I’m in a small group where we’re exploring vulnerability. Despite admiring Brene Brown’s work with vulnerability as open-heartedness, I still struggle with the word. At times it suggests weakness to me, rather than softening the tissues into love, reception, trust, and connection.
In thinking about it, I remembered Michael Lerner’s spring letter from Commonweal. You can read it all here but I want to give a taste of what has softened my heart into the deepest pitter-pat feeling of love, trust, reception, and connection.
Yesterday I visited the house where Maimonides lived. It is a simple house. The ground floor is now a Chinese restaurant. At first this seemed a sacrilege to me. But I wanted to sit in his house. I entered and ordered rice and tofu. My tremor has increased. Sometimes it is difficult to feed myself. This was one of those days. A young waitress saw my plight. She walked over to my table. She smiled kindly. She placed a napkin on my lap and tucked another into my shirt. She took the spoon and began to feed me, spoonful by spoonful. As you might feed a baby. It was the first time I have ever been fed by a stranger in public.
Does the spirit of Maimonides inhabit this house? Is this Chinese restaurant a kind of hidden shrine to his memory? This kind young woman evoked his spirit for me. After a time, I could feed myself. When I finished, I tried to offer her an expression of my gratitude. She shook her head. She would not allow money to soil what had passed between us.
This young woman in the home of Maimonides was a living expression of what I have learned in my 75 years on this earth.
Love is the most powerful force in the world.
True service requires love, wisdom, and will.
A life of service is the path to inner peace.
She, in her late twenties, was in that moment the teacher of an old man in his mid-seventies. I will never forget her. She nourished my soul.
Before he shares the above, he writes this:
I am here in homage to two of my greatest inspirations—Ibn Arabi and Maimonides. I wrote an essay in 2010 about them after a visit to Cordoba, Spain. I called the essay Out of Cordoba. This was my introductory note.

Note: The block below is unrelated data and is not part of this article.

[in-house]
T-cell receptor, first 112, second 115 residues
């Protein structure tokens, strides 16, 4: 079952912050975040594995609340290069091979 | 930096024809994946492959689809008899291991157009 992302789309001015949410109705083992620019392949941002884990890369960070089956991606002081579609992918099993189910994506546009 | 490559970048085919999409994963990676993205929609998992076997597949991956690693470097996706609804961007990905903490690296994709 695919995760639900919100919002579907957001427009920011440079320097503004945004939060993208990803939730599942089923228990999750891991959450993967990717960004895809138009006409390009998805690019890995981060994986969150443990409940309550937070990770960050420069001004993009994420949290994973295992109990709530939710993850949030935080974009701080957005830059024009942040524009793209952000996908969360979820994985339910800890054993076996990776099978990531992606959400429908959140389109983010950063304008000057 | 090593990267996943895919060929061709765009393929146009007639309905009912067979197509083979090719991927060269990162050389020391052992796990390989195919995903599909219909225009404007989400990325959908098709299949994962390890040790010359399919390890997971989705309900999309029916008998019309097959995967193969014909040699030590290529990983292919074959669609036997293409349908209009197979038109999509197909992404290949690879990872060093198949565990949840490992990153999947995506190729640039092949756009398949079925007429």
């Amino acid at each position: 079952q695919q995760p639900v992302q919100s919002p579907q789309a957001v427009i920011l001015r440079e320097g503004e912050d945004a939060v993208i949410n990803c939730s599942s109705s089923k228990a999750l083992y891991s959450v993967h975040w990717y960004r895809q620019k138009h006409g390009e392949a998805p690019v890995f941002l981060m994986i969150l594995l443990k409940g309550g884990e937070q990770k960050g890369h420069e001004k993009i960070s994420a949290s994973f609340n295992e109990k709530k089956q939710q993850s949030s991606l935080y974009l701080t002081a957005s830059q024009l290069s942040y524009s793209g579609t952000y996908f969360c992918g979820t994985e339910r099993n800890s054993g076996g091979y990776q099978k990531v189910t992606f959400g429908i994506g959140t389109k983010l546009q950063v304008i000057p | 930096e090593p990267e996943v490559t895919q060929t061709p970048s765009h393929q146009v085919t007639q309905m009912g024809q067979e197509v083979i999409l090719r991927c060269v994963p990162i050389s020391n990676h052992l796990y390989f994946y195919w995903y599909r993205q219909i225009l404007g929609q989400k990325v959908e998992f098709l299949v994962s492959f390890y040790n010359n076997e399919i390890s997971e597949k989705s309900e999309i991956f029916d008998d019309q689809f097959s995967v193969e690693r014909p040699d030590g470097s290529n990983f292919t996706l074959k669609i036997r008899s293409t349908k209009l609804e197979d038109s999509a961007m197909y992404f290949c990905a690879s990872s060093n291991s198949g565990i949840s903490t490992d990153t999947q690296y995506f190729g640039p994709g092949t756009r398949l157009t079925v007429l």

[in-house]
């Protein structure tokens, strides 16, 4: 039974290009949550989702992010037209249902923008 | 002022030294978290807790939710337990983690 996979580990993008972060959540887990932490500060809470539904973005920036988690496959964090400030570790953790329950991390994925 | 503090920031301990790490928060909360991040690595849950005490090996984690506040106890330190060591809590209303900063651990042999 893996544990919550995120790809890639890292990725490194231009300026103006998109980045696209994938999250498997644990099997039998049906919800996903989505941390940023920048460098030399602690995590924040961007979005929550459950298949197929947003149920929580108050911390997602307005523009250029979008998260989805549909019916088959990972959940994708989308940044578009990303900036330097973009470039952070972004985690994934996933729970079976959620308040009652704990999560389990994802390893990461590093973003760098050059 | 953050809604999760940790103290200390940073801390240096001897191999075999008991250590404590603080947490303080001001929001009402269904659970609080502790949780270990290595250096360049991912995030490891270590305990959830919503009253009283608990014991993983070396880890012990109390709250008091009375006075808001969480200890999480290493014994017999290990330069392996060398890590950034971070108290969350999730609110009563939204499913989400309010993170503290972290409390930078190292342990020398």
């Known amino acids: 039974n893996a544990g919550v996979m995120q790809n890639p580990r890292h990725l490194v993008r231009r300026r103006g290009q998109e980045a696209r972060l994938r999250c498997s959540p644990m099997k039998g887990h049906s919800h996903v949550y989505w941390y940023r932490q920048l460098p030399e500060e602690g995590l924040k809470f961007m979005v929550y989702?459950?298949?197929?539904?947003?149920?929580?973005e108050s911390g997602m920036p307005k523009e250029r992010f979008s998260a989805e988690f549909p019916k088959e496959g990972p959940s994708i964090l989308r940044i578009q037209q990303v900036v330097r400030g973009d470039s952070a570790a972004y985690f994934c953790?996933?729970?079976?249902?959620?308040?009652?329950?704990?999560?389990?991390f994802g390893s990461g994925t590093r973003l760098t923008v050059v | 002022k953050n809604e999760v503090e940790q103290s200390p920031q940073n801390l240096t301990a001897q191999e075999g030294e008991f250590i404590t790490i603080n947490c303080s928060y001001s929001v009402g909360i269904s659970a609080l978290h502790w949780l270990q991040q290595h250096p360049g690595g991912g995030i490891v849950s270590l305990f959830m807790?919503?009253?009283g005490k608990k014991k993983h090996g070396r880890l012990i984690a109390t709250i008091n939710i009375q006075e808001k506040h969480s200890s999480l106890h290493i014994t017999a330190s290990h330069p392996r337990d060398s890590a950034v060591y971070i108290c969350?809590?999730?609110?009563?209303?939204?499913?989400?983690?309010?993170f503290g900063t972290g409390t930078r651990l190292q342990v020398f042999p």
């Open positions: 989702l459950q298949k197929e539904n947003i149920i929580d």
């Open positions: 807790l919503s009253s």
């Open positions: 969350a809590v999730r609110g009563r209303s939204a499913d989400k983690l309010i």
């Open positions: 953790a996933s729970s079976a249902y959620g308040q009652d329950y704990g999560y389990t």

This essay began after a visit to Cordoba, Spain, in May 2010. It is an inquiry into three great spiritual and philosophical visionaries of 12th century Andalusian Spain. Ibn Arabi was the greatest Sufi mystic of all time. Maimonides was the greatest Jewish philosopher of all time. Averroes’ translations reintroduced Aristotle to both Islam and the West.
Ibn Arabi deeply influenced three leading thinkers of the contemporary Traditionalist School—the gnostic tradition of Rene Guenon, Frithjof Schuon, and Seyyed Hossein Nasr. Like Ibn Arabi, they embrace the Perennial Philosophy which they affirmed was at the heart of all great spiritual traditions. Leibnitz coined the term Perennial Philosophy, and Aldous Huxley wrote an eponymous book with that title in 1945. The Traditionalists reject the Renaissance, humanism, and the whole turn away from the Perennial Philosophy in the West as a tragic error for humanity.
Leo Tolstoy, Mahatma Gandhi and Martin Luther King sourced their non-violent visions of justice and renewal in the Perennial Philosophy. So have countless others. But Michel de Montaigne’s skepticism and doubt—on which so much of Western culture and achievement rests—critiqued the Perennial Philosophy. He drew on the Greek pragmatic philosophies—Stoicism, Epicureanism, and Skepticism. I ask whether the Perennial Philosophy might support the collective wisdom we need for the Great Work of healing ourselves and the earth.